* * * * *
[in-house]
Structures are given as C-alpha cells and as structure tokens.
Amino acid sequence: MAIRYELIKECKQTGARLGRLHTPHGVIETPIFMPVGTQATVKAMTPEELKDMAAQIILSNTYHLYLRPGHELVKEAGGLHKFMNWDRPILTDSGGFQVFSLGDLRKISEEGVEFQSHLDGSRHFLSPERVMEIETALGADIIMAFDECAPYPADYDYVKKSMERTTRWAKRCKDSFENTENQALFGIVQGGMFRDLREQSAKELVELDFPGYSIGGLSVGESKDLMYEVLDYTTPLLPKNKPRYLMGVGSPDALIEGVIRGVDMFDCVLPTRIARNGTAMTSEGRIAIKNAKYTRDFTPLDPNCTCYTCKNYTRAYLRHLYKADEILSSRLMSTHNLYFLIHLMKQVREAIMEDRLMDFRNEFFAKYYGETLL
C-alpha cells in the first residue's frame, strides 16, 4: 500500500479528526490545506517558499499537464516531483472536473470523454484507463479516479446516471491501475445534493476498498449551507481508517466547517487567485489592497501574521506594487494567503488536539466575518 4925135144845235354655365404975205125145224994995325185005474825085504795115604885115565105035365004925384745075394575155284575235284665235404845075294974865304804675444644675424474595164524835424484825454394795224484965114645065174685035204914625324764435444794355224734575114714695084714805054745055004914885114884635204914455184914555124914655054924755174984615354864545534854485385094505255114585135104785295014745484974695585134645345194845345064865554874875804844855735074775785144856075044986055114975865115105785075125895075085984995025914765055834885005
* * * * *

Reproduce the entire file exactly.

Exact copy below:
[in-house]
Structures are given as C-alpha cells and as structure tokens.
Amino acid sequence: MAIRYELIKECKQTGARLGRLHTPHGVIETPIFMPVGTQATVKAMTPEELKDMAAQIILSNTYHLYLRPGHELVKEAGGLHKFMNWDRPILTDSGGFQVFSLGDLRKISEEGVEFQSHLDGSRHFLSPERVMEIETALGADIIMAFDECAPYPADYDYVKKSMERTTRWAKRCKDSFENTENQALFGIVQGGMFRDLREQSAKELVELDFPGYSIGGLSVGESKDLMYEVLDYTTPLLPKNKPRYLMGVGSPDALIEGVIRGVDMFDCVLPTRIARNGTAMTSEGRIAIKNAKYTRDFTPLDPNCTCYTCKNYTRAYLRHLYKADEILSSRLMSTHNLYFLIHLMKQVREAIMEDRLMDFRNEFFAKYYGETLL
C-alpha cells in the first residue's frame, strides 16, 4: 500500500479528526490545506517558499499537464516531483472536473470523454484507463479516479446516471491501475445534493476498498449551507481508517466547517487567485489592497501574521506594487494567503488536539466575518 4925135144845235354655365404975205125145224994995325185005474825085504795115604885115565105035365004925384745075394575155284575235284665235404845075294974865304804675444644675424474595164524835424484825454394795224484965114645065174685035204914625324764435444794355224734575114714695084714805054745055004914885114884635204914455184914555124914655054924755174984615354864545534854485385094505255114585135104785295014745484974695585134645345194845345064865554874875804844855735074775785144856075044986055114975865115105785075125895075085984995025914765055834885005